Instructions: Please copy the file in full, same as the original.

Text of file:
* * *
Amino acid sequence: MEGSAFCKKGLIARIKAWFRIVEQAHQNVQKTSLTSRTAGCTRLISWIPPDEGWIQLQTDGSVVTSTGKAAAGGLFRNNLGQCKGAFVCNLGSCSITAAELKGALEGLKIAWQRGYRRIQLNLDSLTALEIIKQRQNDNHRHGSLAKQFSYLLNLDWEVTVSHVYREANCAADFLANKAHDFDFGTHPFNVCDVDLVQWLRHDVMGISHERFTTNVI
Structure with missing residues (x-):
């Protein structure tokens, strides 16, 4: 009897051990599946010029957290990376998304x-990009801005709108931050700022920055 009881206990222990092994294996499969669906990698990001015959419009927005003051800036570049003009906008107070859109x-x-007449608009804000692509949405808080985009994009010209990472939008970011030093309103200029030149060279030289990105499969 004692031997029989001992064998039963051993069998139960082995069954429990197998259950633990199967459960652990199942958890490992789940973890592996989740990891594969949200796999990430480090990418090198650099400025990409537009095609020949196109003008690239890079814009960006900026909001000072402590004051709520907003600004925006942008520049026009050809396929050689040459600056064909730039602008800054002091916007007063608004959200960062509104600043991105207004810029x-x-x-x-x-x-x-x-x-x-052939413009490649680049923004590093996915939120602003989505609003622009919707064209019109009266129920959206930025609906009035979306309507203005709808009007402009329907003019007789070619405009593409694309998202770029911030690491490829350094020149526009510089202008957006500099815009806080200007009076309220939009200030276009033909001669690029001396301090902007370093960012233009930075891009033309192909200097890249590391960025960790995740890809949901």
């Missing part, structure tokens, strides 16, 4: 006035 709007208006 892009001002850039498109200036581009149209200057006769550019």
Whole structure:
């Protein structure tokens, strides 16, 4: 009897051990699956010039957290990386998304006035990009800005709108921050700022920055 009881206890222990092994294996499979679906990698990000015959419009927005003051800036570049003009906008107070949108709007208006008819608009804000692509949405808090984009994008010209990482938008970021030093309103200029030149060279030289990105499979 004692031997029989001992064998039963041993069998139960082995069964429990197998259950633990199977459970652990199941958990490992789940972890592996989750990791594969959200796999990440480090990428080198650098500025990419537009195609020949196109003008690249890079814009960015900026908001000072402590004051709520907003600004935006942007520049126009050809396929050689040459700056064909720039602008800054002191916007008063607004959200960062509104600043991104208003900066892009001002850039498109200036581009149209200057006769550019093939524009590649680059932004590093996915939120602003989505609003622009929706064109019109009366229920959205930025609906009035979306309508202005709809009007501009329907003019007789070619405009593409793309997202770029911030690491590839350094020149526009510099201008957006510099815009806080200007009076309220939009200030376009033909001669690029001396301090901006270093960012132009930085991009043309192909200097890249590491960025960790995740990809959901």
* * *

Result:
Amino acid sequence: MEGSAFCKKGLIARIKAWFRIVEQAHQNVQKTSLTSRTAGCTRLISWIPPDEGWIQLQTDGSVVTSTGKAAAGGLFRNNLGQCKGAFVCNLGSCSITAAELKGALEGLKIAWQRGYRRIQLNLDSLTALEIIKQRQNDNHRHGSLAKQFSYLLNLDWEVTVSHVYREANCAADFLANKAHDFDFGTHPFNVCDVDLVQWLRHDVMGISHERFTTNVI
Structure with missing residues (x-):
């Protein structure tokens, strides 16, 4: 009897051990599946010029957290990376998304x-990009801005709108931050700022920055 009881206990222990092994294996499969669906990698990001015959419009927005003051800036570049003009906008107070859109x-x-007449608009804000692509949405808080985009994009010209990472939008970011030093309103200029030149060279030289990105499969 004692031997029989001992064998039963051993069998139960082995069954429990197998259950633990199967459960652990199942958890490992789940973890592996989740990891594969949200796999990430480090990418090198650099400025990409537009095609020949196109003008690239890079814009960006900026909001000072402590004051709520907003600004925006942008520049026009050809396929050689040459600056064909730039602008800054002091916007007063608004959200960062509104600043991105207004810029x-x-x-x-x-x-x-x-x-x-052939413009490649680049923004590093996915939120602003989505609003622009919707064209019109009266129920959206930025609906009035979306309507203005709808009007402009329907003019007789070619405009593409694309998202770029911030690491490829350094020149526009510089202008957006500099815009806080200007009076309220939009200030276009033909001669690029001396301090902007370093960012233009930075891009033309192909200097890249590391960025960790995740890809949901």
């Missing part, structure tokens, strides 16, 4: 006035 709007208006 892009001002850039498109200036581009149209200057006769550019």
Whole structure:
């Protein structure tokens, strides 16, 4: 009897051990699956010039957290990386998304006035990009800005709108921050700022920055 009881206890222990092994294996499979679906990698990000015959419009927005003051800036570049003009906008107070949108709007208006008819608009804000692509949405808090984009994008010209990482938008970021030093309103200029030149060279030289990105499979 004692031997029989001992064998039963041993069998139960082995069964429990197998259950633990199977459970652990199941958990490992789940972890592996989750990791594969959200796999990440480090990428080198650098500025990419537009195609020949196109003008690249890079814009960015900026908001000072402590004051709520907003600004935006942007520049126009050809396929050689040459700056064909720039602008800054002191916007008063607004959200960062509104600043991104208003900066892009001002850039498109200036581009149209200057006769550019093939524009590649680059932004590093996915939120602003989505609003622009929706064109019109009366229920959205930025609906009035979306309508202005709809009007501009329907003019007789070619405009593409793309997202770029911030690491590839350094020149526009510099201008957006510099815009806080200007009076309220939009200030376009033909001669690029001396301090901006270093960012132009930085991009043309192909200097890249590491960025960790995740990809959901």